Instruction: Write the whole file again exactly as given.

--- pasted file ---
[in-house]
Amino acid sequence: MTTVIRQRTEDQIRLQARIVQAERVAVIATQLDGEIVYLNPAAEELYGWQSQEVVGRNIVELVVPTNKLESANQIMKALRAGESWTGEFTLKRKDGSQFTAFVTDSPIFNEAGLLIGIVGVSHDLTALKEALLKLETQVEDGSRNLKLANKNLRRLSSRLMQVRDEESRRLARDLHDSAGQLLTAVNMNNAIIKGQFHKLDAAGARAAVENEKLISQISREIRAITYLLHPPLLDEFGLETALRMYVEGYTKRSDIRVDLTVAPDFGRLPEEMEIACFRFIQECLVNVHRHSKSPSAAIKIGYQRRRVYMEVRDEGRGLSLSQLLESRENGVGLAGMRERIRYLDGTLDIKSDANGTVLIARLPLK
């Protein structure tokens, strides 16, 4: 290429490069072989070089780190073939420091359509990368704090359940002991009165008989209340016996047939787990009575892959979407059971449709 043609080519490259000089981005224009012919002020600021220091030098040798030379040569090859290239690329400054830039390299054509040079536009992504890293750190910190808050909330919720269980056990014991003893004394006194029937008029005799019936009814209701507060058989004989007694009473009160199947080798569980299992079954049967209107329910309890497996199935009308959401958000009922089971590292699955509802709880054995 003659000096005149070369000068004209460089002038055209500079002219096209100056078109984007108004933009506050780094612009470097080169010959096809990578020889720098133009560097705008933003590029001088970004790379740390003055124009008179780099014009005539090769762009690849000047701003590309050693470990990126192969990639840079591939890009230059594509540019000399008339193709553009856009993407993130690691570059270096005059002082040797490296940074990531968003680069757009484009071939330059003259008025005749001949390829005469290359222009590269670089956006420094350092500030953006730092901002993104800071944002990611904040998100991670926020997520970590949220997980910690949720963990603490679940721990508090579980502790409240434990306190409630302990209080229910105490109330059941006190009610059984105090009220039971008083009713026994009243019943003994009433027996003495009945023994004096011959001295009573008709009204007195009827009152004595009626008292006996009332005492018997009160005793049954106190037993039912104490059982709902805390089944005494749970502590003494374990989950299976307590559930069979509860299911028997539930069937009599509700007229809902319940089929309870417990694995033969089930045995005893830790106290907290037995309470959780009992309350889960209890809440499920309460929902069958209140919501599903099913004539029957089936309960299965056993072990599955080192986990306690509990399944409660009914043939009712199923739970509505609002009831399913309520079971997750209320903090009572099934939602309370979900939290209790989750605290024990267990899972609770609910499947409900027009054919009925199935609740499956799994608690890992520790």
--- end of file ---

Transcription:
[in-house]
Amino acid sequence: MTTVIRQRTEDQIRLQARIVQAERVAVIATQLDGEIVYLNPAAEELYGWQSQEVVGRNIVELVVPTNKLESANQIMKALRAGESWTGEFTLKRKDGSQFTAFVTDSPIFNEAGLLIGIVGVSHDLTALKEALLKLETQVEDGSRNLKLANKNLRRLSSRLMQVRDEESRRLARDLHDSAGQLLTAVNMNNAIIKGQFHKLDAAGARAAVENEKLISQISREIRAITYLLHPPLLDEFGLETALRMYVEGYTKRSDIRVDLTVAPDFGRLPEEMEIACFRFIQECLVNVHRHSKSPSAAIKIGYQRRRVYMEVRDEGRGLSLSQLLESRENGVGLAGMRERIRYLDGTLDIKSDANGTVLIARLPLK
């Protein structure tokens, strides 16, 4: 290429490069072989070089780190073939420091359509990368704090359940002991009165008989209340016996047939787990009575892959979407059971449709 043609080519490259000089981005224009012919002020600021220091030098040798030379040569090859290239690329400054830039390299054509040079536009992504890293750190910190808050909330919720269980056990014991003893004394006194029937008029005799019936009814209701507060058989004989007694009473009160199947080798569980299992079954049967209107329910309890497996199935009308959401958000009922089971590292699955509802709880054995 003659000096005149070369000068004209460089002038055209500079002219096209100056078109984007108004933009506050780094612009470097080169010959096809990578020889720098133009560097705008933003590029001088970004790379740390003055124009008179780099014009005539090769762009690849000047701003590309050693470990990126192969990639840079591939890009230059594509540019000399008339193709553009856009993407993130690691570059270096005059002082040797490296940074990531968003680069757009484009071939330059003259008025005749001949390829005469290359222009590269670089956006420094350092500030953006730092901002993104800071944002990611904040998100991670926020997520970590949220997980910690949720963990603490679940721990508090579980502790409240434990306190409630302990209080229910105490109330059941006190009610059984105090009220039971008083009713026994009243019943003994009433027996003495009945023994004096011959001295009573008709009204007195009827009152004595009626008292006996009332005492018997009160005793049954106190037993039912104490059982709902805390089944005494749970502590003494374990989950299976307590559930069979509860299911028997539930069937009599509700007229809902319940089929309870417990694995033969089930045995005893830790106290907290037995309470959780009992309350889960209890809440499920309460929902069958209140919501599903099913004539029957089936309960299965056993072990599955080192986990306690509990399944409660009914043939009712199923739970509505609002009831399913309520079971997750209320903090009572099934939602309370979900939290209790989750605290024990267990899972609770609910499947409900027009054919009925199935609740499956799994608690890992520790």